He started to lose his temper, and then he decided that's a bad idea on the record of the deposition and asked for a 10 minute break or a 15 minute break. It was a theory he hadn't thought of. That's happened on numerous occasions.
That's why you hire an expert, because they know the day to day operations of a particular industry. Unfortunately, the attorneys are dealing with case law and precedent and they don't.
John: Fred, did you ever have a case you accepted and later had to withdraw from?
Fred: Yes, I have. That's also due to a couple of categories. Number one, the facts weren't...It turned out the facts were not as represented to me. I'm not sticking my neck out like that. Number one, I'm not going to commit perjury. Number two, I'm not going to give an opinion simply because I'm being paid to give that opinion and I don't believe in it.
I will withdraw, especially if the facts, it turns out, were misrepresented.
In another instance, I withdrew from a case because I was asked to opine on whether or not a particular defendant had acted within the standards of care of a surplus lines broker.
In doing my own due diligence, I discovered not only was the organization not licensed as a surplus lines broker in California at the time of the acts complained of by the plaintiff, they didn't have a non-resident license in California given that the parent company was out of state. More damaging was the fact that the individual that was handling the matter was not licensed as a broker ever.
How can I opine that the act was within the standard of care of a surplus lines broker when they weren't licensed as one? I had to call the attorney immediately and say, "I don't think I can help you."
They asked me to stay on as a consultant so at least I had my lips sealed, so to speak. I did not testify in that case.
John: Fred, finally, what type of deposition style works best in a claims related case?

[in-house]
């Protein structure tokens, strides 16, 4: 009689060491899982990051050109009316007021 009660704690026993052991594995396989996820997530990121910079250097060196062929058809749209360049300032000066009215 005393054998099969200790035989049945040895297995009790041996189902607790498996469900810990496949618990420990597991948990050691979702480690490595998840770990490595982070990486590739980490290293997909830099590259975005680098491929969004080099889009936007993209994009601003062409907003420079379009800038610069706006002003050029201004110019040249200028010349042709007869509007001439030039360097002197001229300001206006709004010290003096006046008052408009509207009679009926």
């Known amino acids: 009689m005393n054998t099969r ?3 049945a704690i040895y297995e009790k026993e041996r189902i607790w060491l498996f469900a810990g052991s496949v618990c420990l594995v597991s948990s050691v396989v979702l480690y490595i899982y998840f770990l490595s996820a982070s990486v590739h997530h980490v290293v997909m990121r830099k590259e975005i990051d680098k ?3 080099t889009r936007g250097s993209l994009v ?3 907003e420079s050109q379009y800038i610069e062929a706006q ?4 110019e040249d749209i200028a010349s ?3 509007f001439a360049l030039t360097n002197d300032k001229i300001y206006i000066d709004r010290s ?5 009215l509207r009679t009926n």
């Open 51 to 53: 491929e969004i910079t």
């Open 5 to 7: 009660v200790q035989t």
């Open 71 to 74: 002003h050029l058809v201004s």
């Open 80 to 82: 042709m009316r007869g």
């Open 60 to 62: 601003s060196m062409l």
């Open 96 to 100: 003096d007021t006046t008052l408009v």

Fred: Number one, you're there to tell the truth. You're going to answer a lot of questions either yes or no. I think the mistake a lot of experts make often, especially with their attorneys — oh my God, they're the worst — is forgetting the fact that there's only one person that's going to benefit from your answers.
That's the person interrogating you, and adversary. They're going to benefit. They want to get as much information from you as they can.
Granted, there are obligations of experts as far as I'm concerned, and I've testified to this, to be fair, and impartial, and review the facts, and give a good faith opinion based on those facts. I do that. I believe in that very strongly, which is why, again, I only take cases I agree with.
On the same token, most of the questions are phrased in such a way that you could answer them yes or no. I'll do that. Even by giving a yes or no answer to a question, you may think, "Oh my God, I should add a “but” to that and explain it."
No, you don't. You don't do that, not unless it affects your requirement to make sure that you've stated all your opinions. That, you are required to do, of course.
If they ask me a question that calls for a yes or no answer, I'm going to answer it yes or no because I can always do the caveat, the “but,” so to speak. I can do that on direct testimony. I can explain my opinion and the basis for those opinions the way I wish on direct testimony.
The only people I know who benefit from your deposition are the people opposing you. It requires some skill to know when to just answer yes and no and when to maybe add a little bit more to it. Of course, always bear in mind that you are required to make sure that all of your opinions have been disclosed.
That sometimes becomes a little bit of a problem but that's the bottom line.
John: Fred, thank you so much for joining us today.
Fred: Thank you for having me. It's always a pleasure to work with AM Best. I'm very thrilled to be part of your family now.
John: That was Fred Fisher from Fisher Consulting Group in California. Special thanks to today's producer, Frank Vowinkel.
Thank you all for joining us for "Best's Insurance Law Podcast." To subscribe to this audio program, go to our web page, www.ambest.com/claimsresource. If you have any suggestions for a future topic regarding an insurance law case or issue, please email us at email@example.com.
I'm John Czuba and now this message.